As economic and cultural ties deepen, reciprocity between Japan and the Balkans continues to grow.
By Lily Lynch for Southeast European Times in Belgrade -- 06/09/12
Serbians rally in support for the victims and survivors of the earthquake and tsunami in Japan, at Belgrade's Republic Square on April 10th 2011. [Reuters]
This month marks the 130th anniversary of the initiation of Serbian-Japanese diplomatic relations. While the countries have enjoyed a friendly relationship for most of that time, during the past several years they have continued to grow closer, both economically and culturally. Japan's influence extends beyond Serbia and throughout the Balkan region.
According to the most recent figures, Japan is one of Serbia's largest donor countries, allocating some 200 million euros in grants since the year 2000. In the last decade, Japanese gifts to Serbia have included 93 yellow buses, which can be seen on the streets of Belgrade bearing the words "from the Japanese people," a fleet of modern ambulances, breast cancer screening equipment and financial contributions to the University of Belgrade's Faculty of Philology for the department of Japanese Language and Literature.
The Japanese government has also encouraged students and researchers from the Balkans to study in Japan through its ministry of education, culture, sports, science and technology scholarship programme.
"We've had several students from Serbia and Montenegro studying in Japan every year for the last decade," Yuichiro Omori, cultural attaché for the Japanese Embassy in Belgrade told SETimes.
While Japan's generous support to Serbia has been quite visible, Serbia has been able to demonstrate its own support to the people of Japan through a number of citizens' actions in the aftermath of last year's Tohoku earthquake, which killed more than 15,000 people.
Moved to launch his own fundraising campaign for Japan following the disaster, Belgrade online-marketing professional Nebojsa Radovic enlisted several well-known designers to create a series of T-shirts with prints of various statements of solidarity with Japan. He called the initiative "Arigato."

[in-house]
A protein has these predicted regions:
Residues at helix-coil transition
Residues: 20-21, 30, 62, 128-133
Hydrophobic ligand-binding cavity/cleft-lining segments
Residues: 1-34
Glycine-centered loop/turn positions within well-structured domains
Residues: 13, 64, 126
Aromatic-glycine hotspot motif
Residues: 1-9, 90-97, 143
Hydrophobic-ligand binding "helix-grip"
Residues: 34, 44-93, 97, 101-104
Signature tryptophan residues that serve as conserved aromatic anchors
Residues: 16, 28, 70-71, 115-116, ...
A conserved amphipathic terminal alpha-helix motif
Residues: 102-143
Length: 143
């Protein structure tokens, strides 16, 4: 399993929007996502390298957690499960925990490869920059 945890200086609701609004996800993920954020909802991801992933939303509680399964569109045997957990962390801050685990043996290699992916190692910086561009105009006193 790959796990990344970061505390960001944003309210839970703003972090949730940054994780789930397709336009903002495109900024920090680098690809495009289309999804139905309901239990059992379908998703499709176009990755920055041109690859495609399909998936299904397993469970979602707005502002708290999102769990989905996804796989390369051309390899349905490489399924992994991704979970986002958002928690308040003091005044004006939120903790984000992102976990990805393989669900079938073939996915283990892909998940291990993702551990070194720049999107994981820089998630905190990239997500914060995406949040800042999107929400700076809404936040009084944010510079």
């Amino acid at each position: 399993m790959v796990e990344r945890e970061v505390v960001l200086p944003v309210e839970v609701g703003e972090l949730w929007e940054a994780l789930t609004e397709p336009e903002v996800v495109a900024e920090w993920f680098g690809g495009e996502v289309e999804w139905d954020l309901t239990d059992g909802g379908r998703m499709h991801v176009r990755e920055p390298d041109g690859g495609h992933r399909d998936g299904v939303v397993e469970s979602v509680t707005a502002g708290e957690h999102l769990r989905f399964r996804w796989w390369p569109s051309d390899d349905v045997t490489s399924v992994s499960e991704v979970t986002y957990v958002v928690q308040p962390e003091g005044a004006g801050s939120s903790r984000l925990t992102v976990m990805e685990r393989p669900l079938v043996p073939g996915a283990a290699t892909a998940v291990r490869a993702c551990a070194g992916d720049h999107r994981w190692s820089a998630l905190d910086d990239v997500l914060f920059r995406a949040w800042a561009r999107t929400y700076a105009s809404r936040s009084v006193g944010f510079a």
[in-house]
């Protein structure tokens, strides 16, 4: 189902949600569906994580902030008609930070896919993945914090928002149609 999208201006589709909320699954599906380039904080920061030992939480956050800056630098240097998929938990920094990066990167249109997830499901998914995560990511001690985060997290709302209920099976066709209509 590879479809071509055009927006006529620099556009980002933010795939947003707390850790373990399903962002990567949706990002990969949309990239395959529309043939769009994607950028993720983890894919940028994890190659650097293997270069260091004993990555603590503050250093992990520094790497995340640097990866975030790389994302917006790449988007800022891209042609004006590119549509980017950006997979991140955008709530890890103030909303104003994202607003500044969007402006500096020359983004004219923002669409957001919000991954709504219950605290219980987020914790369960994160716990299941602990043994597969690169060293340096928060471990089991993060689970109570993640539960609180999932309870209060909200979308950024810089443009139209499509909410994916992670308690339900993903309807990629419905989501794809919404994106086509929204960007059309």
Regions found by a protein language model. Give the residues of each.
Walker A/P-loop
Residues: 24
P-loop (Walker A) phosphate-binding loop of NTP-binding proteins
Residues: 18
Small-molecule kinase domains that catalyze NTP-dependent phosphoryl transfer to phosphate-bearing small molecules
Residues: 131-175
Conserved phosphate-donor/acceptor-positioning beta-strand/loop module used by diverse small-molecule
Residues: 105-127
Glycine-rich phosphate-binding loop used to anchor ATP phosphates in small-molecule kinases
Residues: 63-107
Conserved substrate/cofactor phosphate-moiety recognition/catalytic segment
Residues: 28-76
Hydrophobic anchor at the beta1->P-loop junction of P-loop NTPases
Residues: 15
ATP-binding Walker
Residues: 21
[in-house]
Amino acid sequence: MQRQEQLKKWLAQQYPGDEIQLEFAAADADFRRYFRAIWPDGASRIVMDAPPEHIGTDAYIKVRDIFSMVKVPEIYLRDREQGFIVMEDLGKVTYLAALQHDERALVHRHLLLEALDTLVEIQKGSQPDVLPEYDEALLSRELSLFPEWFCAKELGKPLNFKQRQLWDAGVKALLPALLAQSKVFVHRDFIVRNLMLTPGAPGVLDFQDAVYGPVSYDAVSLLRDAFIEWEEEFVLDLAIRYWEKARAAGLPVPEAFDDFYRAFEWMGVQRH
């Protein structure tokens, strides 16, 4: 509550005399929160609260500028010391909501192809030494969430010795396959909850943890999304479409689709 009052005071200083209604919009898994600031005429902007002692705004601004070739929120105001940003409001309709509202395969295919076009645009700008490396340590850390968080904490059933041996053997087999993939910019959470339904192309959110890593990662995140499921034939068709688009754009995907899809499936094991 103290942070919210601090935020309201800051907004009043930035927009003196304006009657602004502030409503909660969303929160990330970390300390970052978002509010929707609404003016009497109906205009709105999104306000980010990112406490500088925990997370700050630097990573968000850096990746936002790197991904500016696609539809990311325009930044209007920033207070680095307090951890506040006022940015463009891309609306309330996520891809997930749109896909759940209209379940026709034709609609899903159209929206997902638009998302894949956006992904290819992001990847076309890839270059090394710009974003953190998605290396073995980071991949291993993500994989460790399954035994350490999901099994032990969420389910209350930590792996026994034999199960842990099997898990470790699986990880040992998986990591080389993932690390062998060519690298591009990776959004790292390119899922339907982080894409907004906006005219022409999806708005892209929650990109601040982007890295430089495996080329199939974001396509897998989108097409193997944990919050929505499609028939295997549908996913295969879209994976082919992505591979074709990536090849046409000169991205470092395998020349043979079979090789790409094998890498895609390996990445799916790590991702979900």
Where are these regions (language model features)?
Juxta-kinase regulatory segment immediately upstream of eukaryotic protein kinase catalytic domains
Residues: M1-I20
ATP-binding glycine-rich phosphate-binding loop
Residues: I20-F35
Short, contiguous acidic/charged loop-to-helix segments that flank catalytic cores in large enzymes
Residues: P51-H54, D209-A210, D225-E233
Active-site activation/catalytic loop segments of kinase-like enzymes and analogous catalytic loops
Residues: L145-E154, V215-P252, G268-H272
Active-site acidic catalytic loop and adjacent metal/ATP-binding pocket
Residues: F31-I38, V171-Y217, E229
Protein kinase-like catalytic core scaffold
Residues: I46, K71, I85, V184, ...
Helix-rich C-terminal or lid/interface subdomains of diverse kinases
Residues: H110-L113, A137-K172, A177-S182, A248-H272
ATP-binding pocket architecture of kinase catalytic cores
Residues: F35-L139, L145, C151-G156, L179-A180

A percentage of the proceeds from each sale were donated to the Japanese Red Cross, helping to make Serbia the sixth biggest donor following the earthquake and tsunami.
"I felt the need to help Japan in any way possible, as it was one of my favorite countries from childhood, and I have huge admiration for their culture," Radovic told SETimes. "It turned out that I was not alone in that feeling, and that there are many people who would like to show their gratitude to all the help Japan has provided to Serbia.
"We needed some kind of initiative that was going to unite us all, which is exactly how Arigato came to life," he said.
In the meantime, Japan has continued to expand its activities in the region.
The Japan International Co-operation Agency, which implements official development assistance for the Japanese government, moved its regional office from Vienna to Belgrade in 2006. Since then, it has also implemented programmes in Albania, Bosnia and Herzegovina (BiH), Macedonia and Montenegro.
According to programme officer Yamasaki Vukelic Hisashi, the agency's three priorities are environmental protection, private sector strengthening and peace-building.
"The Japanese Foreign Ministry prioritises environmental issues as a main topic, as this concerns all countries in the region regardless of borders," Vukelic Hisashi told SETimes. "In Serbia, we work with refugees through psychosocial workshops in refugee camps. We offer confidence-building workshops to children who still live in these collective centres."
People in Serbia and the region have demonstrated their respect and gratitude towards Japan for these efforts.
In 2010, former Japanese ambassador to Serbia, Tadashi Nagai, was given Belgrade's most prestigious award when he was made an "honourary citizen" of the city.
Meanwhile, the Consul General of the Republic of Macedonia to Japan, Kiyoshi Mizuno, was awarded the Macedonian Order of Merits "for his outstanding contribution and selfless efforts aimed at the promotion of the relations and friendship between the two countries."
Upon assuming his new post as Japanese ambassador to BiH, Hideo Yamazaki highlighted the connection between the two countries when he said: "Looking at the plight of BiH, we feel as if it were our own affair." He also commended the country for making significant strides during the last decade.
According to Omori, the Balkan fascination with Japan is reciprocated by the Japanese.
"Japanese people are very fond of the Balkans. Its many cultures and religions are very attractive to us," he said.